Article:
Follow us on...
Follow us on Twitter Follow us on Facebook Watch us on YouTube
Register
Results 1 to 15 of 15
  1. #1
    Atomic Punk
    Join Date
    01.29.02
    Age
    49
    Location
    somewhere over the rainbow
    Posts
    22,946
    Last Online

    12.11.17 @ 04:37 PM
    Likes
    842
    Liked 1,229 Times in 448 Posts

    Default Dairy farmers beign paid less now than 39 years ago for milk...

    BARNHART, Mo. – A collapse in milk prices has wiped away the profits of dairy farmers, driving many out of business while forcing others to slaughter their herds or dump milk on the ground in protest. But nine months after prices began tumbling on the farm, consumers aren't seeing the full benefits of the crash at the checkout counter.

    The average price for a gallon of milk at grocery stores last month is down just 19 percent from its peak of $3.83 in July. Farmers, on the other hand, got $1.04 a gallon in April — 35 percent less than they were paid last fall. This winter, wholesale prices were down as much as 45 percent.

    Price disparities are a fact of life both for farmers and anyone who shops at a supermarket, but the nature of milk — how it's stored, priced and sold around the world — makes the gap all the more dramatic. In fact, the price that farmers get has been wildly volatile for years, creating a succession of booms and busts felt from pastures to the grocery store.

    With each turn, proposals are floated to end the pricing seesaw, which at one extreme squeezes the profits of farmers and the other squeezes dairy processors. Any fix that boosts the price of milk runs the risk of bumping up how much consumers pay, too.

    Today, frustrations are spilling over as the price crash creates widely divergent fortunes within the milk industry, boosting profits for the middlemen like dairy processors while pushing farmers to the edge of bankruptcy.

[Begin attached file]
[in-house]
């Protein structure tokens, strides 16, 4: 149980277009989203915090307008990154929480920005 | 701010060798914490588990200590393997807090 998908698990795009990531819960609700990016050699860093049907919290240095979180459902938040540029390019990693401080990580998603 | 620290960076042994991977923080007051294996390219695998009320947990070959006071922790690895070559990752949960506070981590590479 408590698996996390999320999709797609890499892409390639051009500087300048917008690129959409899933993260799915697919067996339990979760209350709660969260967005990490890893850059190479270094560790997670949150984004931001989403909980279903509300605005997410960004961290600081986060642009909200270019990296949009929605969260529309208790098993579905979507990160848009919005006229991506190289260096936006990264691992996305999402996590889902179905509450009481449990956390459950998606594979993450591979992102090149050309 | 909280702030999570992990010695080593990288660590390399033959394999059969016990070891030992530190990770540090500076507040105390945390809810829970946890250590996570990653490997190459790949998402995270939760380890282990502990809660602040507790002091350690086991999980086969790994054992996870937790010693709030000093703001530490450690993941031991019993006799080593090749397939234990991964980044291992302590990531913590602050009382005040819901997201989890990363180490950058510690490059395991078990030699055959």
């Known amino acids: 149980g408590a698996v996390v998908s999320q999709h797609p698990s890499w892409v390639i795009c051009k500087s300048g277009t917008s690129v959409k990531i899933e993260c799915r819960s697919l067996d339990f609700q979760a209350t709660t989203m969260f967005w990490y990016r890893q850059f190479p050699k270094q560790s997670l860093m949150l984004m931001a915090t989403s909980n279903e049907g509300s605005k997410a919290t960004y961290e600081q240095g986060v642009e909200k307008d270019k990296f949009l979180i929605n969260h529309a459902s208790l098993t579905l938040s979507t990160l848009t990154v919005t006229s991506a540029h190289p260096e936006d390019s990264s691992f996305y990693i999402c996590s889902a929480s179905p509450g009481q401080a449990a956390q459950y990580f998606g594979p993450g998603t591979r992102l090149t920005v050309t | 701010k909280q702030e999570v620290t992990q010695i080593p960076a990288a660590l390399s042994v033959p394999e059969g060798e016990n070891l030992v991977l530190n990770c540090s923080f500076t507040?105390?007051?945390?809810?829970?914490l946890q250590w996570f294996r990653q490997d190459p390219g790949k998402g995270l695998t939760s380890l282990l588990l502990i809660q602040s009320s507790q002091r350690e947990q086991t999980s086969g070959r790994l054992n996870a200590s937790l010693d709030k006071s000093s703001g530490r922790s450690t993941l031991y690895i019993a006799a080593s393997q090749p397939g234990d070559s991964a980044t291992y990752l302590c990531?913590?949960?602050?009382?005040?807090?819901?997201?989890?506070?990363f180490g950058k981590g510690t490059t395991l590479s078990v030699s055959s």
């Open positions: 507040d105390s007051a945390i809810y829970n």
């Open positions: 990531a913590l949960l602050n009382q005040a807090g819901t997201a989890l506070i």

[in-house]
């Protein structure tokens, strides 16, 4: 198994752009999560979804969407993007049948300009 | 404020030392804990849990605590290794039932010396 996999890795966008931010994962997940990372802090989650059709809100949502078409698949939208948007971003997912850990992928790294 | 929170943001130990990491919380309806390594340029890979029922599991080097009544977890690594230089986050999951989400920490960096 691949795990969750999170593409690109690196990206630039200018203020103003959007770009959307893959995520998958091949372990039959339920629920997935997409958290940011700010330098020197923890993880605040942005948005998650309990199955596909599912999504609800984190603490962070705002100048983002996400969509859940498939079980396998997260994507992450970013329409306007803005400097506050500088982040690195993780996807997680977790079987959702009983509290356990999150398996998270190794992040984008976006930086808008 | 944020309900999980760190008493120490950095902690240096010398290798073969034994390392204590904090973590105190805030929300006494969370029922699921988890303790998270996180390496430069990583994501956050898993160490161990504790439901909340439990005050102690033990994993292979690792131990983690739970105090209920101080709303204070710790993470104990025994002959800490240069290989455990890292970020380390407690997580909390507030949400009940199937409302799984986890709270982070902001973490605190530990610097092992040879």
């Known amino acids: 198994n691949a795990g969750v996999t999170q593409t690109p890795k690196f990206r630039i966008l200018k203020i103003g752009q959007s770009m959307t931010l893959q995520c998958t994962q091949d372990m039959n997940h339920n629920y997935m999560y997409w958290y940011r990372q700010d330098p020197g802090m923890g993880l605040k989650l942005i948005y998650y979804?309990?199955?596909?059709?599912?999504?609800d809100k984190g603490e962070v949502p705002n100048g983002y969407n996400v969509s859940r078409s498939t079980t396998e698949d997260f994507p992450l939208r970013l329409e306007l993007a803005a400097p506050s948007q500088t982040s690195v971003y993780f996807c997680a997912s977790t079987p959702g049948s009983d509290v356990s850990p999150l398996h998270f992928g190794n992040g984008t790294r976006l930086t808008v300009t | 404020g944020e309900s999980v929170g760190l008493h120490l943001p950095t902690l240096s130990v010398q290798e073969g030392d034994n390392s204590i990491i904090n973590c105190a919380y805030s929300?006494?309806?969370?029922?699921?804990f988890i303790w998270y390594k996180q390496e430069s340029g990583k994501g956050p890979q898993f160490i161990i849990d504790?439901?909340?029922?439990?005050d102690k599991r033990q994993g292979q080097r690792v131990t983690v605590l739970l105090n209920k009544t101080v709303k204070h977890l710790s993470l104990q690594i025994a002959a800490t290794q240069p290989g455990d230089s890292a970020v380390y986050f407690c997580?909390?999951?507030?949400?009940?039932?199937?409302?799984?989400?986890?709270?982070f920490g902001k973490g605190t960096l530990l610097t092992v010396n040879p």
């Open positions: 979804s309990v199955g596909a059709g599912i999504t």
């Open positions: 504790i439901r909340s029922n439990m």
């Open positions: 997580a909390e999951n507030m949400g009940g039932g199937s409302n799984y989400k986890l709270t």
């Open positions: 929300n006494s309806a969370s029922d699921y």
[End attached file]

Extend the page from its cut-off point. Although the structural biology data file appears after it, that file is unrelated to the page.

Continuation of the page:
Darrell Kraus, a dairyman in Barnhart, spends almost as much today on hay and other supplies for his herd of 160 cows as he did a year ago, but he's getting paid less for a gallon of milk than his father in the 1970s. He blames middlemen who buy the milk from the dairies, process it and sell it to grocery stores at higher prices.

    "Somebody's getting a cut of this, but it's not the dairy farmer," he said. "It's sad, but they're going to see a lot of dairy farms go out of business."

    At a grocery store in Fayetteville, Ark., Katherine Thacker noticed how milk prices were slowly falling — but not as drastically as last year's price hikes. She was surprised to learn that the lower wholesale milk prices were being absorbed by dairy processors.

    "That's kind of criminal, isn't it?" she said.

    Milk processors and supermarkets see it differently.

    Last fall and summer, they swallowed losses because of high wholesale milk prices and government-mandated ceilings on what they can charge. They're now recouping some of what they lost and anticipating a rise in prices this winter, said Mike Nosewicz, vice president of dairy operations at Cincinnati-based Kroger Co., which operates its own dairy processing division and sells milk through 2,400 supermarkets.